Why Trump’s Trade War Negotiation Threats Won’t Work

By Marty Latz*

 

Donald Trump has bet that his negotiation brilliance and trade threats will enable him to out-negotiate China, Mexico, Canada, Germany, the U.K., Japan, and the list goes on.

He has also bet they will all cave before his escalating tariffs cause irreparable damage to the U.S. economy.

Unfortunately, despite his trade “deal” with European Commission President Jean-Claude Juncker and the new NAFTA deal – positive steps in these trade wars - Trump’s risky threat-based trade war negotiation strategy will almost certainly fail.  

How do I know? I’ve been studying negotiation for 25 years and have examined over 100 Trump negotiations from his almost 50 years in business for my new book The Real Trump Deal: An Eye-Opening Look at How He Really Negotiates . I have also analyzed the pivot he needs to make to effectively negotiate in the radically different world of presidential versus business negotiations.

Of course, Trump would disagree. After all, he consistently uses threats in negotiations. He threatened a government shutdown a while ago if he didn’t get immigration reform. (Senate Majority Leader Mitch McConnell and House Speaker Paul Ryan shut him down.) Trump also has offered to meet Iran’s leader, despite consistently threatening him in the past. (Iran rejected his offer.)

So why will Trump’s trade threats not give him a winning hand in this high-stakes poker game and what can we learn from this?

First, Trump is using highly inflammatory largely unplanned instinctive threats. These types of threats make things worse, according research by Columbia Professor Adam Galinsky and Brigham Young Professor Katie Liljenquist.     

They found that threats based on anger, volatile emotion, and momentary pressures are almost always counterproductive, noting that “[m]ultiple studies have linked anger to reduced information processing, risky behaviors and clouded judgment.”

Strategically planning threats addresses these concerns and reduces the possibility of counterthreats and retaliation, which can spiral out of control. Our trade counterparts, predictably, have almost all instituted retaliatory tariffs.

Crucially, the goal of a threat is to satisfy your interests. Effective threats thus motivate cooperation instead of punishing bad behavior. This hasn’t happened.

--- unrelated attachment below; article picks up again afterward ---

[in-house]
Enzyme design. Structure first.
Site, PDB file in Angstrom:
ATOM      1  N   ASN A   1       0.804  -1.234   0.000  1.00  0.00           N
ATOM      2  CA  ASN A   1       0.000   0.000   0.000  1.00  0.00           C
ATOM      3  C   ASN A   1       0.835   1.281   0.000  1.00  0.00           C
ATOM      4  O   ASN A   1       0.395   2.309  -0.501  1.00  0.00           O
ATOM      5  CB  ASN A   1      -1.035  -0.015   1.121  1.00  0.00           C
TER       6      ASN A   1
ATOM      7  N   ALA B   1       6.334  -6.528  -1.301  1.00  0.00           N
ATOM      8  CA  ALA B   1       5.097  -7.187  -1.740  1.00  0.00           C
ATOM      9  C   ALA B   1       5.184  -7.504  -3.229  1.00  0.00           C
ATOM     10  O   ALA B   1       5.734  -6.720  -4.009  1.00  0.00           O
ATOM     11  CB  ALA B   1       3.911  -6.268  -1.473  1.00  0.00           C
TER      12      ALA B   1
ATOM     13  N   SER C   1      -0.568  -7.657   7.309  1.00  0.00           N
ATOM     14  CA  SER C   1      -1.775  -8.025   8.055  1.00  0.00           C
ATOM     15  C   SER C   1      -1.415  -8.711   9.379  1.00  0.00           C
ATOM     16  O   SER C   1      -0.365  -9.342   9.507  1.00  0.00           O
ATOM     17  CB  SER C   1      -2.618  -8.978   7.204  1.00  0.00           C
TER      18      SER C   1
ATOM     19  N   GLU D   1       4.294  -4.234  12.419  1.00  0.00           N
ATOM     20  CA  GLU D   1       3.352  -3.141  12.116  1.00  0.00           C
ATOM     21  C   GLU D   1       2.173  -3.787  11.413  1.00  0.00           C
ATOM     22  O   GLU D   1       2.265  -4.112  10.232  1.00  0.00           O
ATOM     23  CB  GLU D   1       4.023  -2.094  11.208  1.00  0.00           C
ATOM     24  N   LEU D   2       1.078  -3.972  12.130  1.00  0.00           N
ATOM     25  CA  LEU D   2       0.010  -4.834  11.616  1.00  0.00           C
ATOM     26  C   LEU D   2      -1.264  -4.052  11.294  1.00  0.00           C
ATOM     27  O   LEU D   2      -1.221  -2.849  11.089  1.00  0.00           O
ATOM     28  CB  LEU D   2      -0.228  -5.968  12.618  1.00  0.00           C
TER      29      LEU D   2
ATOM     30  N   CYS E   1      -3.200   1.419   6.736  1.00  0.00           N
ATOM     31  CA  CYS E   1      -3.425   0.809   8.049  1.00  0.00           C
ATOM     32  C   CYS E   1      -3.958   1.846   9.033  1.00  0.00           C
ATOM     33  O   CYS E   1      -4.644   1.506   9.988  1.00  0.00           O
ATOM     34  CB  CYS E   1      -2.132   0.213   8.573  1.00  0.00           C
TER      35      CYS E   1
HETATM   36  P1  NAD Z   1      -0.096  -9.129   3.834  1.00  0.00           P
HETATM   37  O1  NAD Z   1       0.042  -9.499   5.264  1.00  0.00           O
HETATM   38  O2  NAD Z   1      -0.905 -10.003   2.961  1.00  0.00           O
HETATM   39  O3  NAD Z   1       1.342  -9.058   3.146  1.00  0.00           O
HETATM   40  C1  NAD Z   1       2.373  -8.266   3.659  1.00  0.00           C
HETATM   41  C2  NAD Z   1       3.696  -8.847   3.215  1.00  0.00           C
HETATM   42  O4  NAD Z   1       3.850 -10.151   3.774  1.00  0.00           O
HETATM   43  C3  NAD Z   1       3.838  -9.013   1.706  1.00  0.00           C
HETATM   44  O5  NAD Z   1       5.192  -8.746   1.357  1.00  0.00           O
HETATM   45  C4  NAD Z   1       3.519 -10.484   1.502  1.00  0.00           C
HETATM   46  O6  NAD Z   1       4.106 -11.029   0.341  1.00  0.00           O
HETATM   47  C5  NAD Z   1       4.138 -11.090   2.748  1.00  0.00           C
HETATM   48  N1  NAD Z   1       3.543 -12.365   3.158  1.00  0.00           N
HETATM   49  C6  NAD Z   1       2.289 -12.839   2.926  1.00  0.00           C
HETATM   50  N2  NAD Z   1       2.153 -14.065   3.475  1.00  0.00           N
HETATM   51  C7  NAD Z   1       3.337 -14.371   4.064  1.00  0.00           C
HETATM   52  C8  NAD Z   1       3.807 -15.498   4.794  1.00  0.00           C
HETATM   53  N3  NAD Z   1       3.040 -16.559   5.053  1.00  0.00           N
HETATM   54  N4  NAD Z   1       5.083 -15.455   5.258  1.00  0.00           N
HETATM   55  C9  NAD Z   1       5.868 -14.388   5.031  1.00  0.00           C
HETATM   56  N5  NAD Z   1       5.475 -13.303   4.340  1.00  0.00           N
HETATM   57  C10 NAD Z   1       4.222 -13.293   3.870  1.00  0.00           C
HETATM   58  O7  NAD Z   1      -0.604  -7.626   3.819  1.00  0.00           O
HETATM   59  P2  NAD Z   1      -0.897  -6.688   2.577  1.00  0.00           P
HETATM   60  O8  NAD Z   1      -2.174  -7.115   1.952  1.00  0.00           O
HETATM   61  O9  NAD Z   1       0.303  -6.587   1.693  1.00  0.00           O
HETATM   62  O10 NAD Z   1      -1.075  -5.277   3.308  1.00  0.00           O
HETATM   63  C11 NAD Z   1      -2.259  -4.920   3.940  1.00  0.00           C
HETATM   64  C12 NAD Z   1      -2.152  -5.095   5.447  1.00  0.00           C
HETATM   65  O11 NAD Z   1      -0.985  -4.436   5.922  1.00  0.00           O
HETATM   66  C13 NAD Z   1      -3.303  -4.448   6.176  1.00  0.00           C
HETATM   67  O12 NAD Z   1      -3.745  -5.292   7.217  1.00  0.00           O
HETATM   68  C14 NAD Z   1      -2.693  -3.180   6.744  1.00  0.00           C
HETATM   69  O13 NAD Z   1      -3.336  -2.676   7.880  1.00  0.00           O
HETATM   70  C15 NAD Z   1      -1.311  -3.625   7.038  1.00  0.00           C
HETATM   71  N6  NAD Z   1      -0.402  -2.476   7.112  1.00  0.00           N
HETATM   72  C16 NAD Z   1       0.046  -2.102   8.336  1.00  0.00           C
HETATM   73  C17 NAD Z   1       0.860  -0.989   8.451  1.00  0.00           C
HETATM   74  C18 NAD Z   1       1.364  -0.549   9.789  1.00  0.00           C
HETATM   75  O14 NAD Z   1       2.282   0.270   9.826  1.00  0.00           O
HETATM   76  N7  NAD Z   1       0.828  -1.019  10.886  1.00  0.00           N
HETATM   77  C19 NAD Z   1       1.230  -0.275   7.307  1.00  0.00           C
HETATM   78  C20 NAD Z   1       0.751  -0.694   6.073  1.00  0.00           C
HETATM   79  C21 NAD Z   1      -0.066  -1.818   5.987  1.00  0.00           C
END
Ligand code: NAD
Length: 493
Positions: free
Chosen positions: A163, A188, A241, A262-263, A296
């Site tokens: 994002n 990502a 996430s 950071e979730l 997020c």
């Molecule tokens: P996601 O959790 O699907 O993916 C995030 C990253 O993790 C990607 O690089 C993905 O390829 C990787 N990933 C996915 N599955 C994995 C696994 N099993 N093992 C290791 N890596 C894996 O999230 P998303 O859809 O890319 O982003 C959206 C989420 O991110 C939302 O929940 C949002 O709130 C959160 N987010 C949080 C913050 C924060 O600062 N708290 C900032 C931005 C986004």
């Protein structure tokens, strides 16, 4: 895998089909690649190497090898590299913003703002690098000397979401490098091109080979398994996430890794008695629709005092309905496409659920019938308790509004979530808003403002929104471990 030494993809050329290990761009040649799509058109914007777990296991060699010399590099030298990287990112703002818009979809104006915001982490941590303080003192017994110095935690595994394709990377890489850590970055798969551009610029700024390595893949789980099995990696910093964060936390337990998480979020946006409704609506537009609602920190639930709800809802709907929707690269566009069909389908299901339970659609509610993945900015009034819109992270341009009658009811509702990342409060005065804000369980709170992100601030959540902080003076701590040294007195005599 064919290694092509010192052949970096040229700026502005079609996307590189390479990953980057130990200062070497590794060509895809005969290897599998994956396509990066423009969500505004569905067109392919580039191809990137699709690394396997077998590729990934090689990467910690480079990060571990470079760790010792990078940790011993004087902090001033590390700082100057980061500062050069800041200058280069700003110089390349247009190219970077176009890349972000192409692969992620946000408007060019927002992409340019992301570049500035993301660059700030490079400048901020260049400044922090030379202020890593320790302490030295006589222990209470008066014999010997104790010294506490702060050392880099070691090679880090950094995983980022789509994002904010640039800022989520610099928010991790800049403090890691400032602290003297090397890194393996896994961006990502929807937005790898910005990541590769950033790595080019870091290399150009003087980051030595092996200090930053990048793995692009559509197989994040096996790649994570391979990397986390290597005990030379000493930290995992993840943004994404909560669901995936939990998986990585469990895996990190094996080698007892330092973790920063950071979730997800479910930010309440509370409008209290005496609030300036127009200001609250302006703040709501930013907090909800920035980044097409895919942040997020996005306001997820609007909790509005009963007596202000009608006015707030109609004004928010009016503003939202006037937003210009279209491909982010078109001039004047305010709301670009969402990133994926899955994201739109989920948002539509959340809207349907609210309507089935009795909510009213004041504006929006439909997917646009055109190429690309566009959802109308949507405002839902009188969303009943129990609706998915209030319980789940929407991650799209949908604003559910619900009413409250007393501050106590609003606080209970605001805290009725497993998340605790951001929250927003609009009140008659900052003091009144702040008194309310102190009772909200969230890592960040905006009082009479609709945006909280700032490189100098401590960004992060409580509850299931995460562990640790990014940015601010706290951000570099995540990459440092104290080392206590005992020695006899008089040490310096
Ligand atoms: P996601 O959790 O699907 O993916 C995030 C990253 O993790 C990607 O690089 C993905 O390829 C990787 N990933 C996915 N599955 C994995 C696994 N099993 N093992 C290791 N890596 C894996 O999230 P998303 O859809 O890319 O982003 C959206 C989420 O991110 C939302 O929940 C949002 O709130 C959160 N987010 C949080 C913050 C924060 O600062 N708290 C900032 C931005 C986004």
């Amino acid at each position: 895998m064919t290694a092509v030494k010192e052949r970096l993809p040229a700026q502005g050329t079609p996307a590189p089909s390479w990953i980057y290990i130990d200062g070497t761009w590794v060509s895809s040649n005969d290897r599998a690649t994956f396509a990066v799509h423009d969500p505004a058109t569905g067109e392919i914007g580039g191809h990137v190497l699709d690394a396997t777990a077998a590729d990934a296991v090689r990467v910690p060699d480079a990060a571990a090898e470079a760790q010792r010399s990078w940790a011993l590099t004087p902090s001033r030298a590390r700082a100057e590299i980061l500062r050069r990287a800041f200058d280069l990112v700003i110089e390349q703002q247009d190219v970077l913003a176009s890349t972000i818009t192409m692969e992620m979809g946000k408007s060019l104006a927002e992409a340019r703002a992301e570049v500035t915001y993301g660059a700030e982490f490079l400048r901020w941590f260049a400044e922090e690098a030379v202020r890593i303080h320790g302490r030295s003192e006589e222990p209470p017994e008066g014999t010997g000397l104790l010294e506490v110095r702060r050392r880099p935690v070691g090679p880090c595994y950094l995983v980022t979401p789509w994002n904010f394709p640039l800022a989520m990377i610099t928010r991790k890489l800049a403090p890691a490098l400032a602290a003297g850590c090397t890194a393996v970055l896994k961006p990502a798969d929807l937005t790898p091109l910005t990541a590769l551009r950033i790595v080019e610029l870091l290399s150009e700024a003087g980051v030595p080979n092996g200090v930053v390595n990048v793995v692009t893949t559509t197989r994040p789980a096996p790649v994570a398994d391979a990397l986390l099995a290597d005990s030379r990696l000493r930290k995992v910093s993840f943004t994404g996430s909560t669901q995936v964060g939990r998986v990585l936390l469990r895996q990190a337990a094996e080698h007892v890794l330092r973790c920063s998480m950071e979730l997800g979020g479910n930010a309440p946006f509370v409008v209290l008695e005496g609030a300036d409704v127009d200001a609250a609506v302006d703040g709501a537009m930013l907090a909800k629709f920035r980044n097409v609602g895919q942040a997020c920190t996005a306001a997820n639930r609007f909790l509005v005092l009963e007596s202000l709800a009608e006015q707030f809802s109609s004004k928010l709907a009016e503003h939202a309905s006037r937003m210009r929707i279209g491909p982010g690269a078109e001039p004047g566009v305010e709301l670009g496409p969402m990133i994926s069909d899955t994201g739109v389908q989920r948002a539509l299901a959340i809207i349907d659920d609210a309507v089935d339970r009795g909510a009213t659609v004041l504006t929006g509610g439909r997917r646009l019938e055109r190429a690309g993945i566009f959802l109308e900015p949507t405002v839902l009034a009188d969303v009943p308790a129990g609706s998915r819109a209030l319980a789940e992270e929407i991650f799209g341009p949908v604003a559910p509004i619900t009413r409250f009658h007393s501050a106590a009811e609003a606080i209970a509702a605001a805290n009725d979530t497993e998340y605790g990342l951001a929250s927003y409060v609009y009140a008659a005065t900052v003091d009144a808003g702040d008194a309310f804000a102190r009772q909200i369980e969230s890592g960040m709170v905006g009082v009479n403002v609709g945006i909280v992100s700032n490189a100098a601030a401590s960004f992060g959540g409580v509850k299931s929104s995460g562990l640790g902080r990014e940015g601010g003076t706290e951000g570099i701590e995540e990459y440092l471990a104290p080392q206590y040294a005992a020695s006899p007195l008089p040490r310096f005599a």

Of course, Trump did use some effective threats in business. To build Trump Tower, he needed the air rights to his neighbor on Fifth Ave, Tiffany. But he was afraid Tiffany would refuse to sell them, as his proposed design was radically different from the architectural style in the area.

So Trump constructed two models of his tower. One was a graceful, fifty-story building. The other was an ugly building Trump could argue New York would get due to zoning requirements if he didn’t have Tiffany’s air rights. His implicit, well-planned threat worked.

Research by former Director of Kellogg Business School’s Dispute Resolution Research Center at Northwestern University Jeanne Brett and her colleagues also found that threats only work well in 1) getting a party to the table when facing a seemingly intractable deadlock (like threatening aggression or sanctions to get a recalcitrant country to engage in peace talks), 2) breaking an impasse by signaling strength, or 3) ensuring compliance of an agreement.

None of these circumstances apply to these trade deals.   

Research has also shown that effective threats should be specific and detailed, address your counterpart’s interests, be delivered respectfully in a serious and measured tone, include meaningful consequences, link to a timeline, and possibly include an escape clause if circumstances change. 

Trump’s trade threats don’t meet these criteria. But President Ronald Reagan’s 1981 threat to fire 12,000 air traffic controllers if they did not return to work “within 48 hours” did meet them.

“Many observers view [his threat and firing of the 11,359 non-complying controllers] as a pivotal moment in his presidency and the foundation for future political victories,” note Galinsky and Liljenquist.

In fact, even well-crafted threats can lead to resistance and anger, decreasing a counterparts’ likelihood of granting your wishes and inciting a desire for vengeance.

In addition to using ineffective threats, businessman Trump never had to deal with the radically different nature of presidential negotiations.

In business, Trump and his counterparts were usually solely accountable to themselves. Political leaders, in contrast, must simultaneously negotiate with each other at the table and behind the table with their constituents. They must also understand their counterparts’ behind-the-table negotiations. 

Trump’s lack of expertise here led to the blowup with Canadian Prime Minister Justin Trudeau and many of our other allies. The spark prompting Trump’s personal Twitter attacks occurred when Trudeau indicated after the G-7 meeting that Canada would stand up to the U.S. in its negotiations.

Trudeau’s comment, understandable when viewed as a necessary political statement aimed at his domestic political audience (his behind-the-table negotiation), was apparently perceived by Trump as an attack on Trump.

The predictable result of Trump’s Trudeau Twitter assault led to perhaps the worst relations with our staunchest ally in history. In the new NAFTA negotiations, Trudeau very carefully had to consider how Canadians viewed any concessions he made.

Trump’s threats make it harder for our counterparts to concede anything as they then appear weak to their constituents.

Bottom line: the odds are not good for success with Trump’s trade war threat-based negotiation strategy. Not a good bet.  Trade wars are not, as Trump has suggested, “easy to win.”    

*Marty Latz is the founder of LATZ Negotiation and author of the just released book The Real Trump Deal: An Eye-Opening Look at How He Really Negotiates.